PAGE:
Friday, October 03, 2008

What ever happened to (the discourse on) Neoliberalism?

Not so long ago, it seemed to me that it was generally accepted among most of my political allies that NAFTA-style "globalization," and the financial and legislative chicanery that went along with it, were part of a very conscious tilting of the political-economic playing field, which we referred to as "neoliberalism." The term is one which has had a range of uses, but we were probably most influenced at the time by the writings of Subcommandante Marcos of the EZLN and by "first world" commentaries at least partially inspired by those same writings. And, in that context, "neoliberalism" was very much a matter of flows and their freedom: capital experienced a reduction in barriers to movement, coupled with legislative override privileges when it encountered many sorts local resistance; labor faced all the old barriers, and a range of new ones. The post-9/11 world seems to have witnessed, if anything, an acceleration of the trend, but the critical narrative seems to have bumped into some obstacle in the collective memory of radicals.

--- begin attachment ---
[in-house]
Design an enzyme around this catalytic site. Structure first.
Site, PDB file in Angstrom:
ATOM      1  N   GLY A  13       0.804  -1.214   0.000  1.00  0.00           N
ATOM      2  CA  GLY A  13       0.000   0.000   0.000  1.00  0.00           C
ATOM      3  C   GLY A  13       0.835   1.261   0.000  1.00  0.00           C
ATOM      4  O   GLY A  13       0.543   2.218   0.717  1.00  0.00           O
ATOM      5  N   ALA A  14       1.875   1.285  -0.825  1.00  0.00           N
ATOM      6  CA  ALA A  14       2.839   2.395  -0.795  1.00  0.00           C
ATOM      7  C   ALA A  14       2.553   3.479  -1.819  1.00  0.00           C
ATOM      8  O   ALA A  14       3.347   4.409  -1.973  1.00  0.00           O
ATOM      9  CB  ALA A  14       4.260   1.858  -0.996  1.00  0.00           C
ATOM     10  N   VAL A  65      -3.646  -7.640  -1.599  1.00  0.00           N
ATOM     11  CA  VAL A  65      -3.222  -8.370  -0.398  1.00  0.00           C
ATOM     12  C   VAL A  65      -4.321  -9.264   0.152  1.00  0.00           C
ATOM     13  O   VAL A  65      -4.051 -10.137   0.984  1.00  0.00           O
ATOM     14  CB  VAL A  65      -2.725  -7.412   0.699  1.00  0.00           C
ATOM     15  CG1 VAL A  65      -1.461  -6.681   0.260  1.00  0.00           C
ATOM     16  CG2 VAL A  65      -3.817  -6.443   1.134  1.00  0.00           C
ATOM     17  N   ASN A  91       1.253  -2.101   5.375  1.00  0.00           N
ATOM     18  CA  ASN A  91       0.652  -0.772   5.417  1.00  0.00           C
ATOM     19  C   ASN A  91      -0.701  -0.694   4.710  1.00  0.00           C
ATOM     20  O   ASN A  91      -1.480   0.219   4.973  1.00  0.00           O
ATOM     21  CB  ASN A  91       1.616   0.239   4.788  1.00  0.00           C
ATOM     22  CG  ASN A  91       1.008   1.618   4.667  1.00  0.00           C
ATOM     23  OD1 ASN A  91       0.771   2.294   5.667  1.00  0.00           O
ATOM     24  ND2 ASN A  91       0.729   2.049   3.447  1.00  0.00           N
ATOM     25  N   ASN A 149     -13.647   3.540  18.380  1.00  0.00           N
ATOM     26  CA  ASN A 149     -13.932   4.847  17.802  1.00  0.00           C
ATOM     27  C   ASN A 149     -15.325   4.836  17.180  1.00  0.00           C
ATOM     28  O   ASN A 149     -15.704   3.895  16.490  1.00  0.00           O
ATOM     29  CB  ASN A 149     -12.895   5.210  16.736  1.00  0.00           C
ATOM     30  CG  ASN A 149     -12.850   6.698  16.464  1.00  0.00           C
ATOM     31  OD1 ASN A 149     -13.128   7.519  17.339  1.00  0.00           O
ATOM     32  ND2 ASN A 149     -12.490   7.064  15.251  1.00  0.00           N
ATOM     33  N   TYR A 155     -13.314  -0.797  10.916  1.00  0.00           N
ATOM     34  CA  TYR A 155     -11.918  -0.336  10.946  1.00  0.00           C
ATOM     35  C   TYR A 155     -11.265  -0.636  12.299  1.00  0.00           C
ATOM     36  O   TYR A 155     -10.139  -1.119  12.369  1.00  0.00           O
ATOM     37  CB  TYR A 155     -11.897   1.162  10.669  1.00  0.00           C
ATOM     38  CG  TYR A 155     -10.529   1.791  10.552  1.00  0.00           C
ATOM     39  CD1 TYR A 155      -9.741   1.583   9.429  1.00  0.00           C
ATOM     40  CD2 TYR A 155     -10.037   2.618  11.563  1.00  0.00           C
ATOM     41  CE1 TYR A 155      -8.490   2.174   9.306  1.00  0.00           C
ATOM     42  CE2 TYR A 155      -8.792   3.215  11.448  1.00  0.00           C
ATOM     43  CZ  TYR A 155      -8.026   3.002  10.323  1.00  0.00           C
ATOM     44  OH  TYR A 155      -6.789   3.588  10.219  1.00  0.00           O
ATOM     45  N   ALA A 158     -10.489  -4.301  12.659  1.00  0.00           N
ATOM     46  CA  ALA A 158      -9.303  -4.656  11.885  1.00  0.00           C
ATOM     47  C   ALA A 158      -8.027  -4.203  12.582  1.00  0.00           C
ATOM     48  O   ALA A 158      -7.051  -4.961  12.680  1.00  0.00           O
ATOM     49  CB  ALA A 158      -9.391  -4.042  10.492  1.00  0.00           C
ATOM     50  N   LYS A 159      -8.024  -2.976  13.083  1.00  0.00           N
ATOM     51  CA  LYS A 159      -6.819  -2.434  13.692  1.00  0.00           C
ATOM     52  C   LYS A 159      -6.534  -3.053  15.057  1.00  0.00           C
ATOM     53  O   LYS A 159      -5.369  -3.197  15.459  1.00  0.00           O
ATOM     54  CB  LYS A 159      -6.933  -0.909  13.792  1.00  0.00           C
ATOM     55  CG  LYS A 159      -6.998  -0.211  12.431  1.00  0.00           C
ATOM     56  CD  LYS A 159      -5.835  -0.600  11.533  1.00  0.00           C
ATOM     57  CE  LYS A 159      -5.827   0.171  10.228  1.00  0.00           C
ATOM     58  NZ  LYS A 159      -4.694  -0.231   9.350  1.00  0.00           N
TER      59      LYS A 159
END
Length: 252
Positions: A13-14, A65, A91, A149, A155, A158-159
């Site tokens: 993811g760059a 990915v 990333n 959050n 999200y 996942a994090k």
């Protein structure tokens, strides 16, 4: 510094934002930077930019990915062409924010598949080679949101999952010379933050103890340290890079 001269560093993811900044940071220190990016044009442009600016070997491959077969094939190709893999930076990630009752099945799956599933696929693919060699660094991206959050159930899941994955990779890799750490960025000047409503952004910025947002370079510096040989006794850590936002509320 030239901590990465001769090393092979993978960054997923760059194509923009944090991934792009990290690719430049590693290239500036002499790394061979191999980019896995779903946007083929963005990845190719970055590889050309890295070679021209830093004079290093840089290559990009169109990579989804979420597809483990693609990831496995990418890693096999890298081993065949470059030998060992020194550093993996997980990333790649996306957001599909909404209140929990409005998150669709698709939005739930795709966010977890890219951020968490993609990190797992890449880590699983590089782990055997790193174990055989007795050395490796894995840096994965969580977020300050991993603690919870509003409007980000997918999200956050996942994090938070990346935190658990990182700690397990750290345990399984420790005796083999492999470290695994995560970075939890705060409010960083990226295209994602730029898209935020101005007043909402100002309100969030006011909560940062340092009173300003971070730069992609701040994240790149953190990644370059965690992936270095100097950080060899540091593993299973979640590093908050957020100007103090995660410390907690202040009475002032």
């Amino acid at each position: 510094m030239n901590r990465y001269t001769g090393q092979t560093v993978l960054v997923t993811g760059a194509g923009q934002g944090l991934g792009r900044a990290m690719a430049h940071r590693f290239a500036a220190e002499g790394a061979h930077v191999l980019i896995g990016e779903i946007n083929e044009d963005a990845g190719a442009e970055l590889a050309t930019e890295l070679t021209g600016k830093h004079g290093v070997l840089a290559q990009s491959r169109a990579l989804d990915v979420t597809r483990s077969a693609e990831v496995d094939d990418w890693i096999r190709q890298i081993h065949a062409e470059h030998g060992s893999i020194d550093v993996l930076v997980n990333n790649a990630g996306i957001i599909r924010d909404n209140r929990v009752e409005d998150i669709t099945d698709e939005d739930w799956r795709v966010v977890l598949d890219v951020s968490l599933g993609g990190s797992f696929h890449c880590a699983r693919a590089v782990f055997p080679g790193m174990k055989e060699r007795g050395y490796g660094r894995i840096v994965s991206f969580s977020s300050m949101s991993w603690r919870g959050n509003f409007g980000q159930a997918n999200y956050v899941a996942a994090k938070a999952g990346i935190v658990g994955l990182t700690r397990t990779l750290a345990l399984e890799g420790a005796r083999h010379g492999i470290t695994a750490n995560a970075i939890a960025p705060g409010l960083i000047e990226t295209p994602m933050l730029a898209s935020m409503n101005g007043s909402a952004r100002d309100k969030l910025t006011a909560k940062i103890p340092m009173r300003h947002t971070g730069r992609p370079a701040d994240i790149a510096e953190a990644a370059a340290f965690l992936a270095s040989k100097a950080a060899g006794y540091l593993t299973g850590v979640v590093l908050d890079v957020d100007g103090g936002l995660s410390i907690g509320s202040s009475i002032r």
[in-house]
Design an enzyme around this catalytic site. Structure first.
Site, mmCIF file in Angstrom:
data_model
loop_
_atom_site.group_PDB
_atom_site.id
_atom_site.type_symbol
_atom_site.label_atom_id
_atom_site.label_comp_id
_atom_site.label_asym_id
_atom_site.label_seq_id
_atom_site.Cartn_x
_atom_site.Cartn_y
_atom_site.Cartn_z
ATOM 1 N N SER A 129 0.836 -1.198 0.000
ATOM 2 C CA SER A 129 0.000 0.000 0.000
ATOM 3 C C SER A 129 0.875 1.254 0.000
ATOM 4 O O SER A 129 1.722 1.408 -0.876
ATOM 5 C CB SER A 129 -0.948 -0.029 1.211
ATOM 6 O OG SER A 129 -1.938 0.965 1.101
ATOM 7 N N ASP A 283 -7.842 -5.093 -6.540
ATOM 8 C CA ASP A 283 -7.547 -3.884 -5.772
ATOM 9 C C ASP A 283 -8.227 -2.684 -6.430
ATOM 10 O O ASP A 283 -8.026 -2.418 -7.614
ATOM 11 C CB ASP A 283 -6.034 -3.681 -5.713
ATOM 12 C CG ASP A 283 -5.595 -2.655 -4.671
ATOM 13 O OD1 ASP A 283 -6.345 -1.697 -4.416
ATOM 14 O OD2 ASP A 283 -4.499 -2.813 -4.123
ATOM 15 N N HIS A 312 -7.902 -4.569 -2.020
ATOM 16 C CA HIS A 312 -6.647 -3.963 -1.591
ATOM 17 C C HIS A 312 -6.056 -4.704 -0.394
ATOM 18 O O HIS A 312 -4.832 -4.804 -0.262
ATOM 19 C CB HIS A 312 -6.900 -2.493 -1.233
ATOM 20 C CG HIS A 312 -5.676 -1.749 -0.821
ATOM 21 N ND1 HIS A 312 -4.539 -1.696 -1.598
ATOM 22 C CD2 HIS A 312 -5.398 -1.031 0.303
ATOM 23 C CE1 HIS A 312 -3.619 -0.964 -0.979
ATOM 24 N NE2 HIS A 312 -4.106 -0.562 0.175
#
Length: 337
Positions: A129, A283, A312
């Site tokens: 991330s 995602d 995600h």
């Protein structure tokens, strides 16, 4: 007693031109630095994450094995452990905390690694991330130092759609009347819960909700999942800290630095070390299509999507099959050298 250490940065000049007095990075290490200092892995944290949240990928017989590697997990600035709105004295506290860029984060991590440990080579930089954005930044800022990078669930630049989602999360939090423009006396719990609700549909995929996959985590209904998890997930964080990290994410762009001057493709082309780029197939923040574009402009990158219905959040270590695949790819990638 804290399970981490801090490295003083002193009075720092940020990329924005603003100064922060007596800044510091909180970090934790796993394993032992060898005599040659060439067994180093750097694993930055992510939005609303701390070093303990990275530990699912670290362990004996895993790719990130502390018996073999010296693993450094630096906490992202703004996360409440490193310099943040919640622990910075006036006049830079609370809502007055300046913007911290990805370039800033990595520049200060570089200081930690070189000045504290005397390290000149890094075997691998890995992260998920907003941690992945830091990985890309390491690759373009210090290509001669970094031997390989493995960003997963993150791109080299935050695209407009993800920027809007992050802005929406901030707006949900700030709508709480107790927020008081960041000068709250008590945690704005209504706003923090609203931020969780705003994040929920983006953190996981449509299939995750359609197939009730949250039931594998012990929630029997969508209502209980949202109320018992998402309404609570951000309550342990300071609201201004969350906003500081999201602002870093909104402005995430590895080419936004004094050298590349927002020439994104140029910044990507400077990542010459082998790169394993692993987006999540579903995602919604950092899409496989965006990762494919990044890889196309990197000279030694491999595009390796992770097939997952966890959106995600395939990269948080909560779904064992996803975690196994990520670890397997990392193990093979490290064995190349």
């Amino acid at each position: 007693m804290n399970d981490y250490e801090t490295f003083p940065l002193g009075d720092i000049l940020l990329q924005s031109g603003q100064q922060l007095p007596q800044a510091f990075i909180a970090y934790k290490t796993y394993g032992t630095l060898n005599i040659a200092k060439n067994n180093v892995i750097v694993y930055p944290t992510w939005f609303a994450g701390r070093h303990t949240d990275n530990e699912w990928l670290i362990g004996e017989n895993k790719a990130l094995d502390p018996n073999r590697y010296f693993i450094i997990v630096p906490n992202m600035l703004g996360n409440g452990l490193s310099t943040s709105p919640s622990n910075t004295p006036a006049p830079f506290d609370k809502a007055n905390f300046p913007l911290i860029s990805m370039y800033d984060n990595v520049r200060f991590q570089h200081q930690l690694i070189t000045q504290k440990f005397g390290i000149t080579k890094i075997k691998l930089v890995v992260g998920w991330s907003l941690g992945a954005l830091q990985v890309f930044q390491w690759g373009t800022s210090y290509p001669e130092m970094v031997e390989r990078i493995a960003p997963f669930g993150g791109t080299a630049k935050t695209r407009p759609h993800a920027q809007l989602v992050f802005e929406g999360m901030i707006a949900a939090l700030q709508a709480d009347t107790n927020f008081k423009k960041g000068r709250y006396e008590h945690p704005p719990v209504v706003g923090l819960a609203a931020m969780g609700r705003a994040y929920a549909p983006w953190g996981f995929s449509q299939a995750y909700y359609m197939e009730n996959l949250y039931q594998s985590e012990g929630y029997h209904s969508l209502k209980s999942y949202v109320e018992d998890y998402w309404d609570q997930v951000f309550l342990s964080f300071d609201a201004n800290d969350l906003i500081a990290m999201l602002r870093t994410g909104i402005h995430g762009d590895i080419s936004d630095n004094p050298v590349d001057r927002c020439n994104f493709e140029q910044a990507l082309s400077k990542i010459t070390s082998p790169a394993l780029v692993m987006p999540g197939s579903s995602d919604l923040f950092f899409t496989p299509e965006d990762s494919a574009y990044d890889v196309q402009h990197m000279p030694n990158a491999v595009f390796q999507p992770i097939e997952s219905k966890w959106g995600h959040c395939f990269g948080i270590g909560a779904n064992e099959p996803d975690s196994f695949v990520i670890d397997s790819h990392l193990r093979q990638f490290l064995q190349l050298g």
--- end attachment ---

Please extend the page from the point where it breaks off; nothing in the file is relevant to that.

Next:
When I hear progressives, and even some anarchists and libertarians, talk so blithely about the history of "deregulation of the market" and "laissez faire," it's hard to believe how recently "anti-globalization" discourse was centered around governmental restructuring of world markets.

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